FBI arrests former Volkswagen executive in emissions scandal
By: Kyle West, Xiro Xone News January 9, 2017 Updated: 3:14 PM
The FBI have arrested a former executive of the German automaker Volkswagen on charges of conspiracy to defraud US regulators by falsifying emissions data.
Oliver Schmidt, who headed the company's regulatory compliance office in the U.S. from 2014 to March 2015, was arrested on Saturday by federal investigators in Florida, the newspaper said, citing people familiar with the matter.
Schmidt is to appear in court in Detroit on Monday, the sources said, according to the news outlet, which noted, however, that Schmidt’s lawyers and Justice Department officials have refused to comment on the matter.
VW admitted in September 2015 to installing secret software known as "defeat devices" in 475,000 U.S. 2.0-liter diesel cars to cheat exhaust emissions tests and make them appear cleaner in testing. In reality, the vehicles emitted up to 40 times the legally allowable pollution levels.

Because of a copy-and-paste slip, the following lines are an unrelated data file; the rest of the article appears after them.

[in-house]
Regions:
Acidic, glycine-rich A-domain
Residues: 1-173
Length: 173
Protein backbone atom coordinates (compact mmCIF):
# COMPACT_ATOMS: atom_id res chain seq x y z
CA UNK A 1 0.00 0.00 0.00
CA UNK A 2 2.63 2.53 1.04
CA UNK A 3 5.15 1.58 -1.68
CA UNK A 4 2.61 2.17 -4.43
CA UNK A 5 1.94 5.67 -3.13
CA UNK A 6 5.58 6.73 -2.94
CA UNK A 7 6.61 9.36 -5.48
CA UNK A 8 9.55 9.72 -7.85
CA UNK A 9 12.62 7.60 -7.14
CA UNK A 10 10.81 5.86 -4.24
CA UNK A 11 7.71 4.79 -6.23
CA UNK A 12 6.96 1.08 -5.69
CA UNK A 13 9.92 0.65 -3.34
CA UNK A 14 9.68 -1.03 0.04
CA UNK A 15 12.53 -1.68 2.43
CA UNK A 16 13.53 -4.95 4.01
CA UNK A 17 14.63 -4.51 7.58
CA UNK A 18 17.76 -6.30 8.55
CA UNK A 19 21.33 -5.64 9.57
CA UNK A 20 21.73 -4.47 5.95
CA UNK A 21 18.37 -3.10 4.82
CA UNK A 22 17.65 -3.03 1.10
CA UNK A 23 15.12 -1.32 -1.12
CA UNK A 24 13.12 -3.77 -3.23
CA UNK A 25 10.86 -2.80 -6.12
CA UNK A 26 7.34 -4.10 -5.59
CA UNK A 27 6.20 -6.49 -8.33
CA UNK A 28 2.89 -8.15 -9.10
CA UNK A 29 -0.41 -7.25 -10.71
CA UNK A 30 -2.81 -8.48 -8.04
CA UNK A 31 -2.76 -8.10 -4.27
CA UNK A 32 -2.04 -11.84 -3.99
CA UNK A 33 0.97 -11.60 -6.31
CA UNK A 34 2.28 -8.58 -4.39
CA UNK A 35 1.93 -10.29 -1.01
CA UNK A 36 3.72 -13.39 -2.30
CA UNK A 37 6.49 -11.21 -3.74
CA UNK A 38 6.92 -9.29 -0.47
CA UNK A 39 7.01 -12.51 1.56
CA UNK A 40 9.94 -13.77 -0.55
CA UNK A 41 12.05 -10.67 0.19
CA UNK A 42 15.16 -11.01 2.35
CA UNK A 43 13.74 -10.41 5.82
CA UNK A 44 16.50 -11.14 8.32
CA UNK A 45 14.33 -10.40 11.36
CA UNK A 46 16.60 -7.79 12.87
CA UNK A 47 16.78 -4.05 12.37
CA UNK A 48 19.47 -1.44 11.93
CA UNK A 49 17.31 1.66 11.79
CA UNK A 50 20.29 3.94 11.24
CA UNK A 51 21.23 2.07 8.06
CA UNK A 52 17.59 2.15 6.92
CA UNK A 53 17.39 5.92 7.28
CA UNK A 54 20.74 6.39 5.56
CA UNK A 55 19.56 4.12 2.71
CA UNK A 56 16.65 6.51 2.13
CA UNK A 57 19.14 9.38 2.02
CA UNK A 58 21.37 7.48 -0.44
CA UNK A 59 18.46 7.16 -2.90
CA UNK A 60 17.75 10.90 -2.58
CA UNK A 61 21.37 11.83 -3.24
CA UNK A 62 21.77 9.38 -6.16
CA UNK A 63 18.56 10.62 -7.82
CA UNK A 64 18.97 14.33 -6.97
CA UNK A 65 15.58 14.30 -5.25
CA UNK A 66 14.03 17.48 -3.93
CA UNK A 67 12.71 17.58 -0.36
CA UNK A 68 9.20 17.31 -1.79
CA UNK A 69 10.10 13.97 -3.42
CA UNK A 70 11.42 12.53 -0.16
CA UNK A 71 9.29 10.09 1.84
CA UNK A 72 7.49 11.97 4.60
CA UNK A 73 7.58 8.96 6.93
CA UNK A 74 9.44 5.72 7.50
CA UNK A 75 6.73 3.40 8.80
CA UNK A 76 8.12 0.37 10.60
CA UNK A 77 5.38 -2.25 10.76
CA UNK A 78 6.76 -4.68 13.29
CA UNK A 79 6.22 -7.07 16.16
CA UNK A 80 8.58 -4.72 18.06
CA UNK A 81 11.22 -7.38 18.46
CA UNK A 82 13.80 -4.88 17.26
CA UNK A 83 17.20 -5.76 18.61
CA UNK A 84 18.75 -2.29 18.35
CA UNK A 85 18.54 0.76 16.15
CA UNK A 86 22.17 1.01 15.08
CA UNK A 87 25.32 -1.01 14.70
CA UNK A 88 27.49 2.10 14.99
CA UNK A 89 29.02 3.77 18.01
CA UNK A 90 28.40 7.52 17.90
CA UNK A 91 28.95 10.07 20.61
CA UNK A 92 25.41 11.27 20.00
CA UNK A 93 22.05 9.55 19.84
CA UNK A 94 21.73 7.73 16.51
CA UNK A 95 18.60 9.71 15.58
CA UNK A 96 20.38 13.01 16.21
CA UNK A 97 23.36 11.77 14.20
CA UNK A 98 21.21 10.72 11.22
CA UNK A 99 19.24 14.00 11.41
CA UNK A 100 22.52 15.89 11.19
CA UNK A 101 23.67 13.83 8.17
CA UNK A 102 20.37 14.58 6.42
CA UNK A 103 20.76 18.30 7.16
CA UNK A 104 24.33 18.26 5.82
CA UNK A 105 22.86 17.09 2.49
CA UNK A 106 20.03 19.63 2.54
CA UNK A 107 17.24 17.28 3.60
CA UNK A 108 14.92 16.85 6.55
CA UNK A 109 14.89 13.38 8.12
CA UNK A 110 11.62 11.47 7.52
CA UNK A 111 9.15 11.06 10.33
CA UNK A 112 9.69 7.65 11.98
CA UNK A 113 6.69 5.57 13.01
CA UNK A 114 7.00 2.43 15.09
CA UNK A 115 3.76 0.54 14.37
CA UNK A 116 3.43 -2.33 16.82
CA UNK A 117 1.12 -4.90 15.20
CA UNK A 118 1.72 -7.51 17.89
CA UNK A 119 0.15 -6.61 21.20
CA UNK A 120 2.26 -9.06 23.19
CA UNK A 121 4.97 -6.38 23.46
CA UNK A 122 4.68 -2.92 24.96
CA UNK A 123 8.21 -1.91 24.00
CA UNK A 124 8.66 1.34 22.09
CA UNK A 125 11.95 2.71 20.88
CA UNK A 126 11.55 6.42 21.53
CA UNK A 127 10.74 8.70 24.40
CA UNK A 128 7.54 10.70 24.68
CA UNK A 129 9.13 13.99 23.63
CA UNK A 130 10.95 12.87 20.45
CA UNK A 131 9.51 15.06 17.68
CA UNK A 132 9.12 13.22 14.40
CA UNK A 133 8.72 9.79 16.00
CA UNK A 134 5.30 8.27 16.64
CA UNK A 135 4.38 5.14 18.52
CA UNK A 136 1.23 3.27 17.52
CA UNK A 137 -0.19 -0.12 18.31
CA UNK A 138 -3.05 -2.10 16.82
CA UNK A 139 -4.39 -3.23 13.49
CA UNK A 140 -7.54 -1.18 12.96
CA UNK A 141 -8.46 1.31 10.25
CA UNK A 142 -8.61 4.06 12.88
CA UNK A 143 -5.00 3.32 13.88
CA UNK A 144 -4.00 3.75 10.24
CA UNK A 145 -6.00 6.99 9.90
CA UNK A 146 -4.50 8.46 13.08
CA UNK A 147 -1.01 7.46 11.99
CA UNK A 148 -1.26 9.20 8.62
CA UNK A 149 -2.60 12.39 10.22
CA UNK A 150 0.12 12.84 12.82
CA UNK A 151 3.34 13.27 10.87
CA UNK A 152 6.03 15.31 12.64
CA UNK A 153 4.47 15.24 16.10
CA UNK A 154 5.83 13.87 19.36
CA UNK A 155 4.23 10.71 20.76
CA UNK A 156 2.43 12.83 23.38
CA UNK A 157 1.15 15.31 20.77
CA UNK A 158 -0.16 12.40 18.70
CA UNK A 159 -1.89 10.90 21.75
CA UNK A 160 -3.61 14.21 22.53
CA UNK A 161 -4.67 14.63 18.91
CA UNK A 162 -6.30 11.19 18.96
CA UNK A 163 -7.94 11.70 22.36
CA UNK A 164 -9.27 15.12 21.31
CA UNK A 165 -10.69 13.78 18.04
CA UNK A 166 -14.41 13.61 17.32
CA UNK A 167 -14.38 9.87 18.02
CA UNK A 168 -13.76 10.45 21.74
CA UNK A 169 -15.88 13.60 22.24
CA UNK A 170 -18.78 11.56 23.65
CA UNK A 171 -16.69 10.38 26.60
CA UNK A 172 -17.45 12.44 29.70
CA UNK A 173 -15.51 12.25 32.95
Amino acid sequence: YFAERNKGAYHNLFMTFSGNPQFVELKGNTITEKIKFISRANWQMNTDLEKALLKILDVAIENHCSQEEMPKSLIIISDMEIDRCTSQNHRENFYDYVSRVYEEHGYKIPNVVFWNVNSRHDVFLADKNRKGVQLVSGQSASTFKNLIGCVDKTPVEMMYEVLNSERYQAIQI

The company agreed to settle federal and state lawsuits for $14.7 billion, including $2.7 billion toward an EPA fund to clean up the damaged caused by the polluting cars. Regulators recently agreed to VW's plan to fix 70,000 2015-and-later 2.0-liter models, though buyers also can also sell them back to Volkswagen for the full retail price.
The arrest came as Volkswagen and the Justice Department neared a deal to pay more than $2 billion to resolve the criminal investigation into the emissions cheating. The company or one of its corporate entities is expected to plead guilty as part of the deal.
"Volkswagen continues to cooperate with the Department of Justice as we work to resolve remaining matters in the United States. It would not be appropriate to comment on any ongoing investigations or to discuss personnel matters," it said in a statement.
In September, James Liang, a former Volkswagen engineer who worked for the company in California, pleaded guilty to charges that included conspiracy and violating the US Clean Air Act, but the reported arrest of Oliver Schmidt now brings the case into the executive ranks.